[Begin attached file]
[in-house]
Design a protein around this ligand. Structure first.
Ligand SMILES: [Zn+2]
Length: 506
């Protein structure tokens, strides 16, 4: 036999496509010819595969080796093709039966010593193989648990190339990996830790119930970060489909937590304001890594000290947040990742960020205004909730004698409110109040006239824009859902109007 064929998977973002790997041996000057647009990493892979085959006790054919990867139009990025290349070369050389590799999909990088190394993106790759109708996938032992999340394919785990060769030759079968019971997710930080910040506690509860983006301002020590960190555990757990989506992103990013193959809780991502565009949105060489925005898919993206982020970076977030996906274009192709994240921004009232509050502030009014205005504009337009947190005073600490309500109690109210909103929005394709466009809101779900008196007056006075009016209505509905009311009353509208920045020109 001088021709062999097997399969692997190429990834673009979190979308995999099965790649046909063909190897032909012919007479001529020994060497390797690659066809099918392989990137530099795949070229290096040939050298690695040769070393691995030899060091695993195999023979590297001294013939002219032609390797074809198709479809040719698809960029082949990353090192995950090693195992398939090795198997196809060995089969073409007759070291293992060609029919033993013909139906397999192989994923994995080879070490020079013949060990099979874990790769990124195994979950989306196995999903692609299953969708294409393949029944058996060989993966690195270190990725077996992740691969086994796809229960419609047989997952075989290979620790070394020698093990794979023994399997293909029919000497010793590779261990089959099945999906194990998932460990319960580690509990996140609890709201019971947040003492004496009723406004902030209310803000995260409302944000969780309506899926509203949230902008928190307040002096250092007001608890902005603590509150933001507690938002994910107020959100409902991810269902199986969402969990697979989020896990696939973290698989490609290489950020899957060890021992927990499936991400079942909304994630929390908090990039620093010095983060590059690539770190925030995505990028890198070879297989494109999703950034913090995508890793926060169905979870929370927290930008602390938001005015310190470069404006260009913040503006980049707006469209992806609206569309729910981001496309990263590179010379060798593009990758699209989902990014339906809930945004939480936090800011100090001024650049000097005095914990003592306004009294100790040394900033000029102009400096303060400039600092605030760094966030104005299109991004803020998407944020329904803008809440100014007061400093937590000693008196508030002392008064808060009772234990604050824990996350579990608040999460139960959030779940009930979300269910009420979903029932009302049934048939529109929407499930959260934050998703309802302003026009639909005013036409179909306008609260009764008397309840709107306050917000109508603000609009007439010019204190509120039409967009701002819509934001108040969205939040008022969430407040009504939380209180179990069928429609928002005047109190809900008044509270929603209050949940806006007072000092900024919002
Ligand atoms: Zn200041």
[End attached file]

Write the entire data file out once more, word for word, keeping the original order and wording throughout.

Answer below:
[in-house]
Design a protein around this ligand. Structure first.
Ligand SMILES: [Zn+2]
Length: 506
């Protein structure tokens, strides 16, 4: 036999496509010819595969080796093709039966010593193989648990190339990996830790119930970060489909937590304001890594000290947040990742960020205004909730004698409110109040006239824009859902109007 064929998977973002790997041996000057647009990493892979085959006790054919990867139009990025290349070369050389590799999909990088190394993106790759109708996938032992999340394919785990060769030759079968019971997710930080910040506690509860983006301002020590960190555990757990989506992103990013193959809780991502565009949105060489925005898919993206982020970076977030996906274009192709994240921004009232509050502030009014205005504009337009947190005073600490309500109690109210909103929005394709466009809101779900008196007056006075009016209505509905009311009353509208920045020109 001088021709062999097997399969692997190429990834673009979190979308995999099965790649046909063909190897032909012919007479001529020994060497390797690659066809099918392989990137530099795949070229290096040939050298690695040769070393691995030899060091695993195999023979590297001294013939002219032609390797074809198709479809040719698809960029082949990353090192995950090693195992398939090795198997196809060995089969073409007759070291293992060609029919033993013909139906397999192989994923994995080879070490020079013949060990099979874990790769990124195994979950989306196995999903692609299953969708294409393949029944058996060989993966690195270190990725077996992740691969086994796809229960419609047989997952075989290979620790070394020698093990794979023994399997293909029919000497010793590779261990089959099945999906194990998932460990319960580690509990996140609890709201019971947040003492004496009723406004902030209310803000995260409302944000969780309506899926509203949230902008928190307040002096250092007001608890902005603590509150933001507690938002994910107020959100409902991810269902199986969402969990697979989020896990696939973290698989490609290489950020899957060890021992927990499936991400079942909304994630929390908090990039620093010095983060590059690539770190925030995505990028890198070879297989494109999703950034913090995508890793926060169905979870929370927290930008602390938001005015310190470069404006260009913040503006980049707006469209992806609206569309729910981001496309990263590179010379060798593009990758699209989902990014339906809930945004939480936090800011100090001024650049000097005095914990003592306004009294100790040394900033000029102009400096303060400039600092605030760094966030104005299109991004803020998407944020329904803008809440100014007061400093937590000693008196508030002392008064808060009772234990604050824990996350579990608040999460139960959030779940009930979300269910009420979903029932009302049934048939529109929407499930959260934050998703309802302003026009639909005013036409179909306008609260009764008397309840709107306050917000109508603000609009007439010019204190509120039409967009701002819509934001108040969205939040008022969430407040009504939380209180179990069928429609928002005047109190809900008044509270929603209050949940806006007072000092900024919002
Ligand atoms: Zn200041």